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what is the memory overhead on the stack and heap of A versus B

A:

private string TestA()
{
     string a = _builder.Build();
     return a;       
}

B:

private string TestB()
{
     return _builder.Build();
}
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2 Answers

up vote 7 down vote accepted

re the efficiency question; the two are identical, and in release mode will be reduced to the same thing. Either way, string is a reference-type, so the string itself is always on the heap. The only thing on the stack would be the reference to the string - a few bytes (no matter the string length).

"do all local variables go on the stack": no; there are two exceptions:

  • captured variables (anonymous methods / lambdas)
  • iterator blocks (yield return etc)

In both cases, there is a compiler generated class behind the scenes:

int i = 1;
Action action = delegate {i++;};
action();
Console.WriteLine(i);

is similar to:

class Foo {
    public int i; // yes, a public field
    public void SomeMethod() {i++;}
}
...
Foo foo = new Foo();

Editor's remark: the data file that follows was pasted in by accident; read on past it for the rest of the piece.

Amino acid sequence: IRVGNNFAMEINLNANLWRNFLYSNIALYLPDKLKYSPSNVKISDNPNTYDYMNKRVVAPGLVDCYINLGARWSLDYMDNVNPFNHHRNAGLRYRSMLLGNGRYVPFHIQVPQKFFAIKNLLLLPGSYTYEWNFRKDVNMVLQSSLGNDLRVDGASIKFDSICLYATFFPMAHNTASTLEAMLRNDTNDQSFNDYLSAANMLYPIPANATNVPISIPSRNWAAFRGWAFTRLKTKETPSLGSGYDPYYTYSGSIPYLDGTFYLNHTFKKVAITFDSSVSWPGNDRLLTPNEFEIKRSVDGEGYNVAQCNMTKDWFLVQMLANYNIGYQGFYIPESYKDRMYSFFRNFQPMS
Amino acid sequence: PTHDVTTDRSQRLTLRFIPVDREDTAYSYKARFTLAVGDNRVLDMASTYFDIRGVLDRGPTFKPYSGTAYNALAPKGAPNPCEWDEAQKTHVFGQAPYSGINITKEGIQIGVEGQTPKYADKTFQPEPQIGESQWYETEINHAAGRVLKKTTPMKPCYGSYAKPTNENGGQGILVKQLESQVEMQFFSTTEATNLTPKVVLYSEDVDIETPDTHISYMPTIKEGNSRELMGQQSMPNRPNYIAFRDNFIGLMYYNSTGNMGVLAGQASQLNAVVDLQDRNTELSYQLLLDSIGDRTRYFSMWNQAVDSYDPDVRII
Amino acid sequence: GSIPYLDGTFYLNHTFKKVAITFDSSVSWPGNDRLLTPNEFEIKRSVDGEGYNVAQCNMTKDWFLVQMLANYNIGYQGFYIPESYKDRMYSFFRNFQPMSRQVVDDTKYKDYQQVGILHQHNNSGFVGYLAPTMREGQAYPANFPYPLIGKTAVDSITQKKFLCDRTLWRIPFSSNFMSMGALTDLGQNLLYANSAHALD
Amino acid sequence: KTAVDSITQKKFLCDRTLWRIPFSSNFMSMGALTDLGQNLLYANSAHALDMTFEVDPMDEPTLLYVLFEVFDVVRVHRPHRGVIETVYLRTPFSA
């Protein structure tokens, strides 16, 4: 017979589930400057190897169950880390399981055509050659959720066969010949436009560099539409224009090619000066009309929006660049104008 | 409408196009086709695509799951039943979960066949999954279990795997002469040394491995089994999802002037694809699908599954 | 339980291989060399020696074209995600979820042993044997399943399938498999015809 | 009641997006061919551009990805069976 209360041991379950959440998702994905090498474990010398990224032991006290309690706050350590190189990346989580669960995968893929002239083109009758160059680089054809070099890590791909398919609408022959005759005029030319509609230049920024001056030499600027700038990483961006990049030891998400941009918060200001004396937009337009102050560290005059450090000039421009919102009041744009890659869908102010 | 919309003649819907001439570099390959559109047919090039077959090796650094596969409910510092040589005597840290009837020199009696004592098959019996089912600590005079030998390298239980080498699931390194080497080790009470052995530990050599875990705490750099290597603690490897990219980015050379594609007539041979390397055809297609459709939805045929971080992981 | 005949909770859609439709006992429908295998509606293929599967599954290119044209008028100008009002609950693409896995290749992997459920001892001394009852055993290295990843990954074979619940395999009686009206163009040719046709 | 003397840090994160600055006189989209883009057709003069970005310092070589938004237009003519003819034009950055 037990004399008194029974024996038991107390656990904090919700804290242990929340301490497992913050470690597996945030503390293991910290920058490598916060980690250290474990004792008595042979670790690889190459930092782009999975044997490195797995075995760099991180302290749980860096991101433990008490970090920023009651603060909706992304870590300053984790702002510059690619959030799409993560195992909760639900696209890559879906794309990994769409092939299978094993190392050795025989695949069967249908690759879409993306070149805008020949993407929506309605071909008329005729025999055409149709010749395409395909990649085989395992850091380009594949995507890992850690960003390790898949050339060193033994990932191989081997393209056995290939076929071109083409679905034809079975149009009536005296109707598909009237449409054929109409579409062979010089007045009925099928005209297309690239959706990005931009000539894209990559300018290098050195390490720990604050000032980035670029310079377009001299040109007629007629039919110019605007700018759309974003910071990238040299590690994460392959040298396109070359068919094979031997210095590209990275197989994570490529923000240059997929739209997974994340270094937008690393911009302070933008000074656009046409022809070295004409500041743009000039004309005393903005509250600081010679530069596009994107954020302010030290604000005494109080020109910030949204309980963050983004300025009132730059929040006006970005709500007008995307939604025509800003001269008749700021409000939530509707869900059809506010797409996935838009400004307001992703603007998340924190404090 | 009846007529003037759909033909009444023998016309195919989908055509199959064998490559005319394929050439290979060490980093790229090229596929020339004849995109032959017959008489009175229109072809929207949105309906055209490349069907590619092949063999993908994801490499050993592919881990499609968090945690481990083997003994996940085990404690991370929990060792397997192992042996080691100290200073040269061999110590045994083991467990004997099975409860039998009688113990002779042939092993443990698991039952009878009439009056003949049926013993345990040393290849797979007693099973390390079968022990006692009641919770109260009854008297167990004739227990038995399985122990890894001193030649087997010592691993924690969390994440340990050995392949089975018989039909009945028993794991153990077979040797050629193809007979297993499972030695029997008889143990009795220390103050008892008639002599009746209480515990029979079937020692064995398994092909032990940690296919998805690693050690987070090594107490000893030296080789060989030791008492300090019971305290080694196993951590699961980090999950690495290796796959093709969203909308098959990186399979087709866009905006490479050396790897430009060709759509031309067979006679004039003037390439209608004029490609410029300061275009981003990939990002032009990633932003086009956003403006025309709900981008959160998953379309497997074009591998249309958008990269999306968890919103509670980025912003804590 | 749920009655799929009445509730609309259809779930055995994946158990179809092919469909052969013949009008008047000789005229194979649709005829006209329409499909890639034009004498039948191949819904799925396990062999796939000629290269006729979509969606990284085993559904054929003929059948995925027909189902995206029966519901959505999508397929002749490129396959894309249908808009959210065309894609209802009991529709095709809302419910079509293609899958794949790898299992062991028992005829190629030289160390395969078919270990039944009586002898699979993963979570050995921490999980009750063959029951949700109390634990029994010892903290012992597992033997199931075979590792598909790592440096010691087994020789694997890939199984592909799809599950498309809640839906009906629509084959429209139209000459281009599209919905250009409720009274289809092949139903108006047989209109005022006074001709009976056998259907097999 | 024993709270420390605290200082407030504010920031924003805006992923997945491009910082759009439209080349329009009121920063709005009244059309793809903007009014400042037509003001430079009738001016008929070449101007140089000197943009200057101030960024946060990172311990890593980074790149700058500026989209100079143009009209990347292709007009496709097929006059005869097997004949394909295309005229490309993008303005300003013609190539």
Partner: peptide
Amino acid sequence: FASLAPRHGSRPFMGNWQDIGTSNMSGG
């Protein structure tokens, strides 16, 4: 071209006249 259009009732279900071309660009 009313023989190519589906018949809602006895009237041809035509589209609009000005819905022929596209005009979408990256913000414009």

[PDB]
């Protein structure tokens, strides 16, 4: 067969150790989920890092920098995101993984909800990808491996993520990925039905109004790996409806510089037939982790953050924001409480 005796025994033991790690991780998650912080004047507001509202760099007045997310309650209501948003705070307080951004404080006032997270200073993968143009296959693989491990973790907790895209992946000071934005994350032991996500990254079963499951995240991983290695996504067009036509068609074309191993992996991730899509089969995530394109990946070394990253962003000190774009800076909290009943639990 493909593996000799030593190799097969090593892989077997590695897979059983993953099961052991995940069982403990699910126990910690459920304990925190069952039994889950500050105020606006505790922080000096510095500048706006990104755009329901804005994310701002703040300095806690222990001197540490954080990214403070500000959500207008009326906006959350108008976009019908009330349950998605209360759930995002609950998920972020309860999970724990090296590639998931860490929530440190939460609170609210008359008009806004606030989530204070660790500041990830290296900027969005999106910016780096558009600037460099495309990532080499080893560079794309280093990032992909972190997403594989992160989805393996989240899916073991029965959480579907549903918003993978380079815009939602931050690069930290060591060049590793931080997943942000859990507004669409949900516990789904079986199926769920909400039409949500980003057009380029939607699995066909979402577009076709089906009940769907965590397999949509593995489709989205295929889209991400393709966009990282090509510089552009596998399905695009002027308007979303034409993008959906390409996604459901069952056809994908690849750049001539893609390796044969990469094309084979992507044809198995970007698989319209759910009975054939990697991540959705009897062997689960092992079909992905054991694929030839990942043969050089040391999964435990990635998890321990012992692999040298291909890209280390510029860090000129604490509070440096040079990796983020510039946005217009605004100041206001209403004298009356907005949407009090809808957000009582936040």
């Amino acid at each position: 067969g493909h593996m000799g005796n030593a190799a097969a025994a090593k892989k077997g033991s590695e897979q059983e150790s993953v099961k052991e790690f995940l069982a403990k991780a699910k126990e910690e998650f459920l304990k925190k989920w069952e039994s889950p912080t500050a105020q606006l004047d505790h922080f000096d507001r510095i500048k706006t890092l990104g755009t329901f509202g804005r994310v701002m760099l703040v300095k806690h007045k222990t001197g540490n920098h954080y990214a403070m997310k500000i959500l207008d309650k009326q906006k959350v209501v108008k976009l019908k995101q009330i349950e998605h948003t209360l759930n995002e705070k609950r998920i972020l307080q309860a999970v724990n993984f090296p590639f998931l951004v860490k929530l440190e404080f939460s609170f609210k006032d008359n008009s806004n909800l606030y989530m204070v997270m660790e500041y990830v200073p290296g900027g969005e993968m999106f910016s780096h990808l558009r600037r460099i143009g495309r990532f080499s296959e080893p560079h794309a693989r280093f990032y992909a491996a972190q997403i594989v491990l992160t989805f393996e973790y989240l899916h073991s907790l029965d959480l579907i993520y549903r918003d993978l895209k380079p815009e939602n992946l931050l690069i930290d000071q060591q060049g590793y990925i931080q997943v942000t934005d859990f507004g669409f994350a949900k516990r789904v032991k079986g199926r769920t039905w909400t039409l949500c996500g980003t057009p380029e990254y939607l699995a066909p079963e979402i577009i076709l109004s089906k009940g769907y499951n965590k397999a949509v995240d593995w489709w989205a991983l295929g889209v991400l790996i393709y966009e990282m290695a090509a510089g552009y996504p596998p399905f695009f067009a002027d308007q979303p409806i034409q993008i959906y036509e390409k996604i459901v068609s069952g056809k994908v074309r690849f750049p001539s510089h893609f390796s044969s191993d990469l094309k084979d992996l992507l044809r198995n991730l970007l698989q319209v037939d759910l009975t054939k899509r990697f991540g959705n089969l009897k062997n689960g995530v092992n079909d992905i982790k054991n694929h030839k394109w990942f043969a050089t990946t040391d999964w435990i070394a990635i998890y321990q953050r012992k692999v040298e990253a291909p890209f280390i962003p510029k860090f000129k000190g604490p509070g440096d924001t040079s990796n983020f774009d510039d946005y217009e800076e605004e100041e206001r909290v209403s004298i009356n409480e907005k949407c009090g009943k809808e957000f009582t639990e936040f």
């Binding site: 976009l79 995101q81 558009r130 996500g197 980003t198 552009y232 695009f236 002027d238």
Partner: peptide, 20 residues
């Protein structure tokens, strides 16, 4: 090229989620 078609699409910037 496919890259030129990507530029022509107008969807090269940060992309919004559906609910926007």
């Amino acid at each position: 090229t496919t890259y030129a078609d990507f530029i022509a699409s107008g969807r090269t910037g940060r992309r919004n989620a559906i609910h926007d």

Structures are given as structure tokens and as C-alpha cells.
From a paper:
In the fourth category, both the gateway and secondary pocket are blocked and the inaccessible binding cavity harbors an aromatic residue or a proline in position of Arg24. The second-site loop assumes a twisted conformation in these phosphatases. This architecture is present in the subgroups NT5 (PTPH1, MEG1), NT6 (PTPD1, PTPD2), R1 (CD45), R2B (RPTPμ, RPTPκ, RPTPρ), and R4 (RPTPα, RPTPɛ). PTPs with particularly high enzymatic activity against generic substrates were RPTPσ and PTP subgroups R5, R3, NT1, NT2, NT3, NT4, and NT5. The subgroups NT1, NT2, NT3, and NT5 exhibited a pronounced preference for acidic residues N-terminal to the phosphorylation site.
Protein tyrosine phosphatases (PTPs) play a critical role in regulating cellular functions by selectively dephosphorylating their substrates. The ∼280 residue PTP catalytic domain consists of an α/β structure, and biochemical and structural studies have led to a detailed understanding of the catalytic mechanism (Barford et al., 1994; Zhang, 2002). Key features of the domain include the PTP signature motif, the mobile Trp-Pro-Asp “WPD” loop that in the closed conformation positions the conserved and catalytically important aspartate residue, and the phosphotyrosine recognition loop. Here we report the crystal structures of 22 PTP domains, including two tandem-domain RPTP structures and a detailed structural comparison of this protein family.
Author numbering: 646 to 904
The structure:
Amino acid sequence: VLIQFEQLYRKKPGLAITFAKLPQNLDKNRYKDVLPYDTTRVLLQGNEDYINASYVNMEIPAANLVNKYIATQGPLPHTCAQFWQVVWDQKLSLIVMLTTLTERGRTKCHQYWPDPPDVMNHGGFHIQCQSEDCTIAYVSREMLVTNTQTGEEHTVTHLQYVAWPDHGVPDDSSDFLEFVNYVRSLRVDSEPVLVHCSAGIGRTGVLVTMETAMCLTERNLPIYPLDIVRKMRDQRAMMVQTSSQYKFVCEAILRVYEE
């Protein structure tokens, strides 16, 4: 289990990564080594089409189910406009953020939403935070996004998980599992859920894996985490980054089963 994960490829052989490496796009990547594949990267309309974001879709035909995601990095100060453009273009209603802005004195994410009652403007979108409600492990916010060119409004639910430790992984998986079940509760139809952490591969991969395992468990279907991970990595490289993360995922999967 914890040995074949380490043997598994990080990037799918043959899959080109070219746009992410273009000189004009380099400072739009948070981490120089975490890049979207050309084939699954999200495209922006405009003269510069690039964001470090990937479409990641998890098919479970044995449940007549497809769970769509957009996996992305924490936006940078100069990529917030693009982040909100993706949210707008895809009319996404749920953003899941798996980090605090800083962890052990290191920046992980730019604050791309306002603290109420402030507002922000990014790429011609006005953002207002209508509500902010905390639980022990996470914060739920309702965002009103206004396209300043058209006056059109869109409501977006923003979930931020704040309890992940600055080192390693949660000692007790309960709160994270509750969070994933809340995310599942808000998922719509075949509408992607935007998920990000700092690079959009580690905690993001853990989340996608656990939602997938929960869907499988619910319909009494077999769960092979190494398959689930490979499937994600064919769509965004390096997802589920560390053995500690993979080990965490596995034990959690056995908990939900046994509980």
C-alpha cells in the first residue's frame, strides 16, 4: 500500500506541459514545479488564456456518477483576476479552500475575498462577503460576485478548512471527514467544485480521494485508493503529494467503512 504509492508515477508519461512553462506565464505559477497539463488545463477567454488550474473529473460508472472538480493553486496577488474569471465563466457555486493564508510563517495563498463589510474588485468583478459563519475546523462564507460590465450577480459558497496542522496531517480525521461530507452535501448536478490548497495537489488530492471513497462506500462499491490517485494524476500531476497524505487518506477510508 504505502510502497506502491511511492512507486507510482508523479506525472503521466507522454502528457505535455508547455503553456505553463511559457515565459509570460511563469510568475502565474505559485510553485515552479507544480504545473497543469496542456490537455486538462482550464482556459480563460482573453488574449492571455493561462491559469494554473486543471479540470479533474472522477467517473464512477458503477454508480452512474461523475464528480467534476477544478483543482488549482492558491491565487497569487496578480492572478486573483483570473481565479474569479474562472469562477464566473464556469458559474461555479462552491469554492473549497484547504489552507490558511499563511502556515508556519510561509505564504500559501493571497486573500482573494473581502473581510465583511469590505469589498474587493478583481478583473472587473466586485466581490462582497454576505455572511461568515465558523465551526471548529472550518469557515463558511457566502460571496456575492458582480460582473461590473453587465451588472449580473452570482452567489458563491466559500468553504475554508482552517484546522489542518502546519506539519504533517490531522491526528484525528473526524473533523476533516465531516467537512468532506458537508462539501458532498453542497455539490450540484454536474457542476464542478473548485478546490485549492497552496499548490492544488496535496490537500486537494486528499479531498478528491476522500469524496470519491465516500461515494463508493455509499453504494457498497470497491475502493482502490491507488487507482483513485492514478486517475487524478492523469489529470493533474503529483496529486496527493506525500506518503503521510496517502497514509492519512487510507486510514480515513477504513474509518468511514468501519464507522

foo.i = 1;
Action action = foo.SomeMethod;
action();
Console.WriteLine(foo.i);

Hence i is on an object, hence on the heap.

Iterator blocks work in a similar way, but with the state machine.

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+1 good point about captured variables and iterator blocks. –  Brian Rasmussen Feb 1 '09 at 13:11
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They both get optimised to the same thing.

In answer to the question in your title "do all local variables go on the stack" the simple answer is not exactly. All objects get stored on the 'heap' (don't remember if that's what it's called in .NET) regardless. C# has a generational-based garbage collector that's aware that some objects only live a very short time and so is designed to manage this efficiently.

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